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Kamikaze Special Attack Corps 3rd Ryūko Squadron Monument
Miyakojima City [1], Okinawa Prefecture

Miyakojima, a Japanese island about halfway between Taiwan and Okinawa, had a Navy airfield from which a squadron of kamikaze pilots flying Type 93 Intermediate Trainers (nicknamed Akatonbo or Red Dragonfly) took off toward Okinawa. Slightly after 12:30 a.m. on July 29, 1945, one of these bomb-carrying training planes from the Kamikaze Special Attack Corps 3rd Ryūko Squadron hit and sank the destroyer Callaghan (DD-792) with 47 crewmen and one officer losing their lives and 73 other men wounded in the attack.

Fifty years after seven Japanese airmen lost their lives in the nighttime suicide attacks, one of the surviving members of the Kamikaze Special Attack Corps Ryūko (meaning "dragon and tiger") Squadrons erected a monument at the site of the former Navy airfield on Miyakojima. No traces of the airfield remain today. The monument stands with several other war monuments on a ridge overlooking Miyakojima City Athletic Field.

The plaque at the top part of the monument has the following description of the kamikaze pilots who died:

With back hunched, pushing forward the control stick
Now comes an end to many countless hopes
Kamikaze Special Attack Corps 3rd Ryūko Squadron

The monument base has a plaque with the following history:

History of Monument Erection

The more I think of no longer recalling anything, the more thoughts of yearning for my father and mother and of the mountains and streams of my hometown well up inside me. Feeling many things in the light moonlight as my final farewell looms, inside me I wonder what I will do as I intently advance toward Okinawa. Ah, the end with death to my extreme regret.

Middle of night on July 29, 1945
Kamikaze Special Attack Corps 3rd Ryūko Squadron

Chief Flight Petty Officer Hiroshi Mimura
Flight Petty Officer 1st Class Tamio Iori
Flight Petty Officer 1st Class Kiyotada Kondō
Flight Petty Officer 1st Class Yū Hara
Flight Petty Officer 1st Class Shōjirō Sahara
Flight Petty Officer 1st Class Shōzō Matsuda
Flight Petty Officer 1st Class Makoto Kawahira

Seven brave heroes, hoping for eternal world peace, took off here from Miyakojima Special Attack Advance Base as Japan's last special attack squadron [2]. They died heroically in battle off the coast of Kadena, Okinawa. Their valor will shine brilliantly for all ages. We pray that their spirits may rest in peace as what their fathers and mothers would have desired.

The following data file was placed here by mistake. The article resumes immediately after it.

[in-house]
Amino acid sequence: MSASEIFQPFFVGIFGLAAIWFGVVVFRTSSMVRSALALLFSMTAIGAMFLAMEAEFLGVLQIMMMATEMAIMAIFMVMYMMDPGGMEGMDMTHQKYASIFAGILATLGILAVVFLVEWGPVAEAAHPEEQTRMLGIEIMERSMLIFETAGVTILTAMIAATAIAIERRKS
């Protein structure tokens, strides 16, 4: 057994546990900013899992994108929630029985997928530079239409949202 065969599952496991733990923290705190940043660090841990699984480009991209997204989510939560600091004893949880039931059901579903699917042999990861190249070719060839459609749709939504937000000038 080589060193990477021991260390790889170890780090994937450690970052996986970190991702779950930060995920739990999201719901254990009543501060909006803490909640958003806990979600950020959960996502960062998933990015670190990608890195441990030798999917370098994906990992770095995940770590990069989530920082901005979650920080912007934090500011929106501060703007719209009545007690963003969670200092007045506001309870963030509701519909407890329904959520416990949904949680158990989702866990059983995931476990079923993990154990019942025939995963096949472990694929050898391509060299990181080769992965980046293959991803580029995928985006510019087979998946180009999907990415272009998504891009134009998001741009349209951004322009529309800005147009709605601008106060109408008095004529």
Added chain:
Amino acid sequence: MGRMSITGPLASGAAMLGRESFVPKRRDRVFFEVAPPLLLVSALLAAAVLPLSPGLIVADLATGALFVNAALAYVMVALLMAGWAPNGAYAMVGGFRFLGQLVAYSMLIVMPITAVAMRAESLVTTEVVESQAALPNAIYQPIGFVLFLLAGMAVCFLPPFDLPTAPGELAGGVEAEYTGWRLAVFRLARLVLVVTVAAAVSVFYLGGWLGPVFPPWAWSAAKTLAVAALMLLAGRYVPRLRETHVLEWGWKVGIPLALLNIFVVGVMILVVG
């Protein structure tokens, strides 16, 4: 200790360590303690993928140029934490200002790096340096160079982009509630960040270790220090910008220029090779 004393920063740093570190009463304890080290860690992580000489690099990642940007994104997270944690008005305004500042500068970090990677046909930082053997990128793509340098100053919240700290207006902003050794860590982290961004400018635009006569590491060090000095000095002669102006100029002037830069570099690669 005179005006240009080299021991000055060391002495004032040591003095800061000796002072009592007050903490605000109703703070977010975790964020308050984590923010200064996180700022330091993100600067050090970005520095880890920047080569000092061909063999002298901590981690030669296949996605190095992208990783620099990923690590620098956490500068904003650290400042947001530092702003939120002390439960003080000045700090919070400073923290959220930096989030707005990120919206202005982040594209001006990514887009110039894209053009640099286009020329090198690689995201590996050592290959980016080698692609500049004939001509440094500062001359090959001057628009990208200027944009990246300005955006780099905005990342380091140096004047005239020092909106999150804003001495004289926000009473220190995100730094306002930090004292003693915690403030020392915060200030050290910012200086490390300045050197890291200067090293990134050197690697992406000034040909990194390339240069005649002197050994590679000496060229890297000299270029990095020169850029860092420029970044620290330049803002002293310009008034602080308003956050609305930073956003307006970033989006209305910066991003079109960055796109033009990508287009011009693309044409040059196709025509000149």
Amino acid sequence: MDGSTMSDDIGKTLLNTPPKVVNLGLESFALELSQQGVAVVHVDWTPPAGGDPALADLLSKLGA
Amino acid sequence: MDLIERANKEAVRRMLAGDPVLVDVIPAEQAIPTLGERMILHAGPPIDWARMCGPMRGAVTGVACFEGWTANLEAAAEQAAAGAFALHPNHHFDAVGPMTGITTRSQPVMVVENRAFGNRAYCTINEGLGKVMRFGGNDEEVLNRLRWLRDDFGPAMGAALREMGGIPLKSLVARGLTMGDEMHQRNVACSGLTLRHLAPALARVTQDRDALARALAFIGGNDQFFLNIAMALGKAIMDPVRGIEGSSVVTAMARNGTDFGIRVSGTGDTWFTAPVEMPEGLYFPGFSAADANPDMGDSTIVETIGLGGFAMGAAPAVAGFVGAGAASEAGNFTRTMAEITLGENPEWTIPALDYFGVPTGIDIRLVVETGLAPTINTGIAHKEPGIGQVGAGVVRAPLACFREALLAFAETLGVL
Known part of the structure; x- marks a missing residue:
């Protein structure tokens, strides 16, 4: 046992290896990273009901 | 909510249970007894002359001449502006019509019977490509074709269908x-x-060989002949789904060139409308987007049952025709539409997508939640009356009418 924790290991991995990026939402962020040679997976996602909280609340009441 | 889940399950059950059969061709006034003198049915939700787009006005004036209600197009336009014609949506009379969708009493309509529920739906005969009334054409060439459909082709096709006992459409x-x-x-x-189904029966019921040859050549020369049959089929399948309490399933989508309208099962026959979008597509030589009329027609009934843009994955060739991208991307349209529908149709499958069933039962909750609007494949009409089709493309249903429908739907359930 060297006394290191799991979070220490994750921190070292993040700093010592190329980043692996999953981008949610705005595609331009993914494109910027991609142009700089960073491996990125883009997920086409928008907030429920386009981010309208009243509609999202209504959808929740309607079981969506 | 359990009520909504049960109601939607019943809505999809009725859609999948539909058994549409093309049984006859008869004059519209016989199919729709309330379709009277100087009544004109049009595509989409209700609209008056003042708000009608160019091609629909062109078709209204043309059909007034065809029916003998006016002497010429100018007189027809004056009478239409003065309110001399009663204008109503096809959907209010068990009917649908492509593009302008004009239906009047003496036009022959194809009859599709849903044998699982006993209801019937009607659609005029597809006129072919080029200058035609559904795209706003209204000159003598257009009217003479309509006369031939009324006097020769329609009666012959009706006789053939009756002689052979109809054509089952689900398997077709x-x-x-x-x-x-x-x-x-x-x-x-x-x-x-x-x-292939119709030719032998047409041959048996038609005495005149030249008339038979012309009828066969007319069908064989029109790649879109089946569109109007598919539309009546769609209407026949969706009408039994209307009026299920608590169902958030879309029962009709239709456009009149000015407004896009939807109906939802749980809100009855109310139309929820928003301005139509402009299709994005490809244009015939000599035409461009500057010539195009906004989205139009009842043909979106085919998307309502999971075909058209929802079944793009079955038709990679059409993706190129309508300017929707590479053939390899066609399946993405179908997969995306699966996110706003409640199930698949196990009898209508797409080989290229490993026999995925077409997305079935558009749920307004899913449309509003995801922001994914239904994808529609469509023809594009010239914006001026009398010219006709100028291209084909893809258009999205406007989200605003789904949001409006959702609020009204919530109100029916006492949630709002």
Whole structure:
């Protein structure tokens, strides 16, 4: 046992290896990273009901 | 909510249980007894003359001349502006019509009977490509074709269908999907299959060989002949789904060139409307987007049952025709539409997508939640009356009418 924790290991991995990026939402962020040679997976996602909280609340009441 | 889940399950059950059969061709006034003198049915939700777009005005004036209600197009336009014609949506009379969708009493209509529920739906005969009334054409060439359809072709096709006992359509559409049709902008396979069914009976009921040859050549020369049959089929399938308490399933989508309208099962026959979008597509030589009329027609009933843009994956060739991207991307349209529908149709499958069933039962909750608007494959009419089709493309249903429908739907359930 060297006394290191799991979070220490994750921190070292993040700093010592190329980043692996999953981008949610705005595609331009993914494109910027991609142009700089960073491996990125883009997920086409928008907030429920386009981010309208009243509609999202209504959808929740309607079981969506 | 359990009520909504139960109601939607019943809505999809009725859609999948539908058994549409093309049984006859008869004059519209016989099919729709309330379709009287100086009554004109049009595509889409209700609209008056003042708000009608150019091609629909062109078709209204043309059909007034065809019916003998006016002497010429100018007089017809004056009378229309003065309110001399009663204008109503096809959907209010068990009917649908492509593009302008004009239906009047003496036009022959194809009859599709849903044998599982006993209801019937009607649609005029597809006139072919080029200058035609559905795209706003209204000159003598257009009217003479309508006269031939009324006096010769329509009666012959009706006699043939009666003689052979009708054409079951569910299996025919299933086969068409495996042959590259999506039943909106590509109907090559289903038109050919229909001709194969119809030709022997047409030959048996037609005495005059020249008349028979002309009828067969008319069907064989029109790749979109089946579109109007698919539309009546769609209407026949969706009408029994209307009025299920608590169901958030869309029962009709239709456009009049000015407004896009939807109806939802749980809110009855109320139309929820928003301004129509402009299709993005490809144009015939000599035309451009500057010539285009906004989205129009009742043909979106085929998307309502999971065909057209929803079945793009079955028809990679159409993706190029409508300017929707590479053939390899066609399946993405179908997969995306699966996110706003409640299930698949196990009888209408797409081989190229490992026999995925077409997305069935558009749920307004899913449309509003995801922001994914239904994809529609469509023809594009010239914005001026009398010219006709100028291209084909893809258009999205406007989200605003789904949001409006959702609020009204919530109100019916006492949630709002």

All Kamikaze Special Attack Corps Ryūko Squadrons
July 29, 1995
Erected by Keizō Sasai
Member of Kamikaze Special Attack Corps 4th Ryūko Squadron
Minakuchi Town, Shiga Prefecture

The monument suggests that all seven airmen of the 3rd Ryūko Squadron left from Miyakojima in the middle of the night on July 29, 1945. However, Hara (2004, 240) and Tokkōtai Senbotsusha (1990, 216) indicate that five squadron members died on July 29 and three squadron members died on July 30. Tokkōtai Senbotsusha also states that seven planes were flown by the eight squadron members, and both sources indicate that one of men who sortied on July 30, Shōichi Yagi, died off the coast of Taiwan rather than Okinawa. It is not known why Yagi's name is omitted from the monument.

On July 29, 1945, one 3rd Ryūko Squadron trainer hit and sank the destroyer Callaghan, and another trainer flown by a 3rd Ryūko Squadron pilot hit the destroyer Pritchett (DD-561) causing minor damage. Pritchett was on duty at the same radar picket station (No. 9A) as Callaghan [3]. On July 30, 1945, one of the two 3rd Ryūko Squadron trainers flown toward Okinawa most likely crashed at 0326 into the destroyer Cassin Young (DD-793), which resulted in 22 crewmen dead and 45 wounded [4].

On August 7, 1945, the destroyer Callaghan Captain, Charles M. Bertholf, submitted a "Revised Form for Reporting A.A. [Anti-aircraft] Action by Surface Ships." He indicated that Callaghan was hit by one "bi-plane, single engine, fixed landing gear," which is consistent with the Type 93 Intermediate Trainers flown by the Kamikaze Special Attack Corps 3rd Ryūko Squadron.

Notes

1. When the monument was erected, it was located in Hirara City, which merged with three towns and one village to form Miyakojima City in October 2005.

2. Other kamikaze attack special attack squadrons sortied from the main Japanese island of Honshu after July 29, 1945, but the 3rd Ryūko Squadron was the last official kamikaze squadron to attack ships around Okinawa. On August 15, 1945, Vice Admiral Ugaki also led a suicide attack squadron toward Okinawa after he heard the Emperor's announcement of surrender, but this attack is generally not officially recognized in Japan as a special attack since it took place after the message to surrender.

3. Rielly 2010, 296.

4. Harmon 1985, 30-2; Stern 2010, 314-6.

Sources Cited

Hara, Katsuhiro. 2004. Shinsō kamikaze tokkō: Hisshi hitchū no 300 nichi (Kamikaze special attack facts: 300 days of certain-death, sure-hit attacks). Tōkyō: KK Bestsellers.

Harmon, J. Scott. 1985. U.S.S. Cassin Young (DD-793). Missoula, MT: Pictorial Histories Publishing.

Rielly, Robin L. 2010. Kamikaze Attacks of World War II: A Complete History of Japanese Suicide Strikes on American Ships, by Aircraft and Other Means. Jefferson, NC: McFarland & Company.

Stern, Robert C. 2010. Fire From the Sky: Surviving the Kamikaze Threat. Annapolis: Naval Institute Press.

Tokkōtai Senbotsusha Irei Heiwa Kinen Kyōkai (Tokkotai Commemoration Peace Memorial Association). 1990. Tokubetsu Kōgekitai (Special Attack Corps). Tōkyō: Tokkōtai Senbotsusha Irei Heiwa Kinen Kyōkai.